Electricity pylons in Mpumalanga. Picture: REUTERS/SIPHIWE SIBEKO
Electricity pylons in Mpumalanga. Picture: REUTERS/SIPHIWE SIBEKO

A court case filed by a losing bidder in SA’s emergency power programme threatens to delay the provision of the electricity by months, as banks balk at providing funding because of the risk of an adverse judgment. 

Officials at three of the seven preferred bidders selected to provide power by August 2022 said the lenders were refusing to sign off on the projects until the court case was complete. They asked not to be identified because the talks are confidential.

Earlier in September, the case filed in the High Court by DNG Energy, which alleges corruption by government officials, was postponed until November 30. The deadline for financial close of the projects proposed by the seven preferred bidders has been set at September 30 by the government, already a delay from an initial July 31 requirement. 

The delays mean there will be little imminent relief from load-shedding imposed by Eskom. The outages have hindered the performance of the SA economy and damaged investor confidence since 2005. 

In addition to Turkey’s Karpowership, which secured about 60% of the contracts to provide 2,000MW of electricity, the winning groups include some of the world’s leading energy companies. TotalEnergies, Electricite de France, Scatec and ACWA Power are all involved.

DNG has, in its court documents, demanded that it replace Karpowership as a preferred bidder and had earlier attempted to have all the other bidders interdicted from reaching financial close. It later dropped the second demand.

Absa, Investec and the Development Bank of Southern Africa were interested in backing Karpowership’s bid, a person familiar with the situation told Bloomberg in May. The other bidders attracted a number of different financial backers.

“We are supporting the programme and are committed to funding several projects,” Nedbank, SA’s fifth-biggest lender by market value, said in response to queries. The bank is unsure whether the court case will affect the ability of Eskom and the government to enter into agreements with the preferred bidders, it said.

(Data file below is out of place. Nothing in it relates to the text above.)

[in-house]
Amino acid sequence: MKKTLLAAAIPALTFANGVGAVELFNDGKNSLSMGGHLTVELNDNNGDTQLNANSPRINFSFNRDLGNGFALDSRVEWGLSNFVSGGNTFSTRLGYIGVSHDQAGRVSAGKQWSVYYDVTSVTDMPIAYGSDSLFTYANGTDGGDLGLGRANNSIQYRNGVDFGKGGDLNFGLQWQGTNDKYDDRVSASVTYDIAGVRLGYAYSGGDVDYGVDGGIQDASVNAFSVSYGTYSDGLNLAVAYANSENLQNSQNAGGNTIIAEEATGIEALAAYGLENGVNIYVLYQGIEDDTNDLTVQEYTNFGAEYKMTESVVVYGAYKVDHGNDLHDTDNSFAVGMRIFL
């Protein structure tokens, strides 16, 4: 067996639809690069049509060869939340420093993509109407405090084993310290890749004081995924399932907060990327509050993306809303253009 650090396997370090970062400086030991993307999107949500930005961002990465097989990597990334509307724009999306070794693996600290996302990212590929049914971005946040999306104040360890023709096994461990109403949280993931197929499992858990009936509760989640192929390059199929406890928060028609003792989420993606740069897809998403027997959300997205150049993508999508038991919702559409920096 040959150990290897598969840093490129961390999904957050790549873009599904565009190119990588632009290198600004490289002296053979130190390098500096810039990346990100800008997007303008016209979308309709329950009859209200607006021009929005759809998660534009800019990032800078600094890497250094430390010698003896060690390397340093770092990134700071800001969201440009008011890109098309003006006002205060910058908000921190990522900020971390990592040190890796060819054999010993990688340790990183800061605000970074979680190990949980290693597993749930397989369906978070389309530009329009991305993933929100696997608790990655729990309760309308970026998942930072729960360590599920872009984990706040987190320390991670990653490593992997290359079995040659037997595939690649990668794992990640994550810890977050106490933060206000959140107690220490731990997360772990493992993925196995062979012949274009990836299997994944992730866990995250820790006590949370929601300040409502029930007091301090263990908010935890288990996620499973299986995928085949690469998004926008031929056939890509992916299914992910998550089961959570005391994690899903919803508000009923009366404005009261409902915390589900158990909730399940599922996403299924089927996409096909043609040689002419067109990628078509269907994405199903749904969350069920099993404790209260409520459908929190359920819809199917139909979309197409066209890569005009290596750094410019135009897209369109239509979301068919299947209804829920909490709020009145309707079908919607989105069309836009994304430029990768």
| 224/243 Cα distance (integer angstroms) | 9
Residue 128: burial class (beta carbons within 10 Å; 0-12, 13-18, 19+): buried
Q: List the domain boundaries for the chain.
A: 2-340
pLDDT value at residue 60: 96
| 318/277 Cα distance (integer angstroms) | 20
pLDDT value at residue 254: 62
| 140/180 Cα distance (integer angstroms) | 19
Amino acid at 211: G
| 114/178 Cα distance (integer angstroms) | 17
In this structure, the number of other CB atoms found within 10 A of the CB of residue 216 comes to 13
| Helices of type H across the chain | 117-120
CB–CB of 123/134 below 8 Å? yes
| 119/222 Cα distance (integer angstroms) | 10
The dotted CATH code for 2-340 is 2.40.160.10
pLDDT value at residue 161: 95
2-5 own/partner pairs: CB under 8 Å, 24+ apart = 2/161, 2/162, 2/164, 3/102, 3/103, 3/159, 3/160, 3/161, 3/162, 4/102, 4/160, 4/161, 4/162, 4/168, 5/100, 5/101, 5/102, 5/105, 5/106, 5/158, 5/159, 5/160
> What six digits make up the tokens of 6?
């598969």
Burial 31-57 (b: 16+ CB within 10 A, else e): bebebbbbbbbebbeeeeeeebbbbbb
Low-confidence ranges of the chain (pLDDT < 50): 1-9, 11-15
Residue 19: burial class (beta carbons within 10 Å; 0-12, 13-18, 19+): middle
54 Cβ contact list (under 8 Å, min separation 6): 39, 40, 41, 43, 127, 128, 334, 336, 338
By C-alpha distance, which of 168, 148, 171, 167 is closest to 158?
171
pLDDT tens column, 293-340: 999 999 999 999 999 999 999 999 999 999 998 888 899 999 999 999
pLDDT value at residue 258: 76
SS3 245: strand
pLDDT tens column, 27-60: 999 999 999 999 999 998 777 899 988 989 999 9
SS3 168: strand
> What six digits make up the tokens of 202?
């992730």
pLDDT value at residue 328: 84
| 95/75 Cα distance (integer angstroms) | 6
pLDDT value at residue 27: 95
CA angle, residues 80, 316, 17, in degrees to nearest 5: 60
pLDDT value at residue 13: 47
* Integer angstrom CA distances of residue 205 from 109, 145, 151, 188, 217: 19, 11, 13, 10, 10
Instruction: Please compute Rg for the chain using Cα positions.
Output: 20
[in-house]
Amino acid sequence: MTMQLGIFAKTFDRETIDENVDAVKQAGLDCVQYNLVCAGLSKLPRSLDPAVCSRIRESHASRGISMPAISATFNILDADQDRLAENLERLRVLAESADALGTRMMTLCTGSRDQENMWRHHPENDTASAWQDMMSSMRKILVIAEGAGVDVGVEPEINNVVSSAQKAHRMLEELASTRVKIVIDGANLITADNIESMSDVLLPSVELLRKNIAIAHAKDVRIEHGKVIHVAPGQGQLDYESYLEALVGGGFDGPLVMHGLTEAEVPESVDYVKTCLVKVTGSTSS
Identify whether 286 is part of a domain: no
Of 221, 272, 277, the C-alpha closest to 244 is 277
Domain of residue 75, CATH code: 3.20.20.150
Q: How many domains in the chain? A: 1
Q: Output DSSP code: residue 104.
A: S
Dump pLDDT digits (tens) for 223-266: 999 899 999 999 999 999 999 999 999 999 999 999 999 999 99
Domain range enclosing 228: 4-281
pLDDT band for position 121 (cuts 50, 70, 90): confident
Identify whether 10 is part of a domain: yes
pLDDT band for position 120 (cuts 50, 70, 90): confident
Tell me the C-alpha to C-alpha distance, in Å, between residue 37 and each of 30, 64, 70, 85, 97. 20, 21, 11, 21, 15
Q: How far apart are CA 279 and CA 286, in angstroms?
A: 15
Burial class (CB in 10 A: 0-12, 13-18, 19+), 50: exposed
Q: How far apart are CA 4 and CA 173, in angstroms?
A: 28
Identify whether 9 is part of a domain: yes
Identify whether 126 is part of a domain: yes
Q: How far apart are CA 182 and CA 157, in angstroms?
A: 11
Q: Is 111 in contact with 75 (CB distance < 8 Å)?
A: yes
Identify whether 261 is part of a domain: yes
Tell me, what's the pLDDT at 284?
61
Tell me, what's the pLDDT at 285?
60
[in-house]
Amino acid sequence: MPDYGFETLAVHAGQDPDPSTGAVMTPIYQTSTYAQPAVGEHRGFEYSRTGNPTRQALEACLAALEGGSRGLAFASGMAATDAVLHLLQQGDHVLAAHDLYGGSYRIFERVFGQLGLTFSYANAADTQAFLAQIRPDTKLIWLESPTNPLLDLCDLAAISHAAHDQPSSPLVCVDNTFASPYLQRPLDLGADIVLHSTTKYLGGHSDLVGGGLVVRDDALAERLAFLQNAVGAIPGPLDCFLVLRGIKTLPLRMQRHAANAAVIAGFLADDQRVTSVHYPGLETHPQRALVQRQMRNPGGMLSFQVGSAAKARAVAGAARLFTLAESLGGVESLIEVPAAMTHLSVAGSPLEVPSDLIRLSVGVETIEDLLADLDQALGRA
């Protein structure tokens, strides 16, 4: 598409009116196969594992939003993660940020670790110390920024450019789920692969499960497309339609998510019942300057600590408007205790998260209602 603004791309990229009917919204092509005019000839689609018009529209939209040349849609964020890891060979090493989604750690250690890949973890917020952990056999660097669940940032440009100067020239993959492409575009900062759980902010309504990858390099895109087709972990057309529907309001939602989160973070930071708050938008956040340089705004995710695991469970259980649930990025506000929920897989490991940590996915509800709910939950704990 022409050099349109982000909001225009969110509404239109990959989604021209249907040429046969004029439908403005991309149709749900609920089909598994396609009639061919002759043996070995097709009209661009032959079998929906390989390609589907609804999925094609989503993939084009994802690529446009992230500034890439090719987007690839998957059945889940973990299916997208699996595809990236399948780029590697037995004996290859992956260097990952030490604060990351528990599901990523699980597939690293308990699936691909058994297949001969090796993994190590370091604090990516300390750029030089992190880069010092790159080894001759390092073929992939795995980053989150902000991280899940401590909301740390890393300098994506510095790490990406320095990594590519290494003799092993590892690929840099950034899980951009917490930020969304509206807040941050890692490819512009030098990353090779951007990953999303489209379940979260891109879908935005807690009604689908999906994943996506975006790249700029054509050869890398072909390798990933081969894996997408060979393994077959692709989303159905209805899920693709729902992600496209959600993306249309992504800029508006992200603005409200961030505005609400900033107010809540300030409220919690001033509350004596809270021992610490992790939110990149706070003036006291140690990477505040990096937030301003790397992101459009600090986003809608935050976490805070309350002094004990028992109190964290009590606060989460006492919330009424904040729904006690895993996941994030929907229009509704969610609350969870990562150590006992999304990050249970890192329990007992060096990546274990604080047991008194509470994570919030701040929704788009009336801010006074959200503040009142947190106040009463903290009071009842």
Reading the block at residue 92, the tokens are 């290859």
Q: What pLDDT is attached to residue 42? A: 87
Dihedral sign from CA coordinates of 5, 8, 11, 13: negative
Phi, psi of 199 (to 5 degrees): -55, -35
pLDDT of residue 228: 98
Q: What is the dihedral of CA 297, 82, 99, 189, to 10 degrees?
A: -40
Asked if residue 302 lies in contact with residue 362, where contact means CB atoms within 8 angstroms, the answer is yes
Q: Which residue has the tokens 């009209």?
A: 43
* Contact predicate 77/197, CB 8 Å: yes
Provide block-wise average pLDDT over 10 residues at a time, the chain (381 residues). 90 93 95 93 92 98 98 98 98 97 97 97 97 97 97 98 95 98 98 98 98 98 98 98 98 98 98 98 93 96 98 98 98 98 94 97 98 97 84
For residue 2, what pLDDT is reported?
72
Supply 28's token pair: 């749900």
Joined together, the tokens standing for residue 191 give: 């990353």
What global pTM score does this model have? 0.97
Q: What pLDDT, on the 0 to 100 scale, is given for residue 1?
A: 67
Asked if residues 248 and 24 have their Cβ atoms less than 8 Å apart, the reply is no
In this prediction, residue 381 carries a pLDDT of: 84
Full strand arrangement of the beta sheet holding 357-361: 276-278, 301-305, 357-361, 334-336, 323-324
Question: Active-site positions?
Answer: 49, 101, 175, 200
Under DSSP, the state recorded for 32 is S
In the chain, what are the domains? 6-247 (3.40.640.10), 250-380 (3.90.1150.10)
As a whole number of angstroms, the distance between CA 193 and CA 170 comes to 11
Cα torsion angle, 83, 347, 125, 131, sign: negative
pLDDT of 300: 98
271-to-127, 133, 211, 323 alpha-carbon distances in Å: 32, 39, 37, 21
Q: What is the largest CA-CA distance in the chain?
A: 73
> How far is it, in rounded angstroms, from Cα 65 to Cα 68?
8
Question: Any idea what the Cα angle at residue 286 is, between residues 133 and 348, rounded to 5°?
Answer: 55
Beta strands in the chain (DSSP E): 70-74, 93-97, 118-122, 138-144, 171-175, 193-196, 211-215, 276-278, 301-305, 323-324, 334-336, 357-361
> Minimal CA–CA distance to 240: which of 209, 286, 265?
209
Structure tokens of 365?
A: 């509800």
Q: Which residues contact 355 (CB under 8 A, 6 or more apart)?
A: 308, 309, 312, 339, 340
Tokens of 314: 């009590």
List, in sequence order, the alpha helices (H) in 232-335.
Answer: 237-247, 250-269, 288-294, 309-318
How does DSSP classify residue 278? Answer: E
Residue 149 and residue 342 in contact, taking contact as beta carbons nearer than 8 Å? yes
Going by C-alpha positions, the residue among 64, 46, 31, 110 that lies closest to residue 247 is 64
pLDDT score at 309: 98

Investec said it supports the emergency power programme, without commenting further. Rand Merchant Bank declined to comment and DBSA and Absa didn’t immediately respond to requests for comment. 

One of the bidders said that depending on when the judgment on the case is made, and assuming it doesn’t derail the programme, financial close could be reached by February or March and power produced by the end of 2022.

DNG, in a response to queries, said it did not believe its court case was slowing down the programme because there were no legal impediments to stop the bidders from achieving financial close. It also said there were other challenges to some of the projects other than the court case.

“All we want is an honest tender process and a level playing field,” DNG said. “The department of mineral resources and energy  had an opportunity to ensure this was done from the outset, and we could already have been moving ahead to build the new power stations the country desperately needs.”

The department did not respond to a request for comment from Bloomberg.

Bloomberg News. More stories like this are available on bloomberg.com


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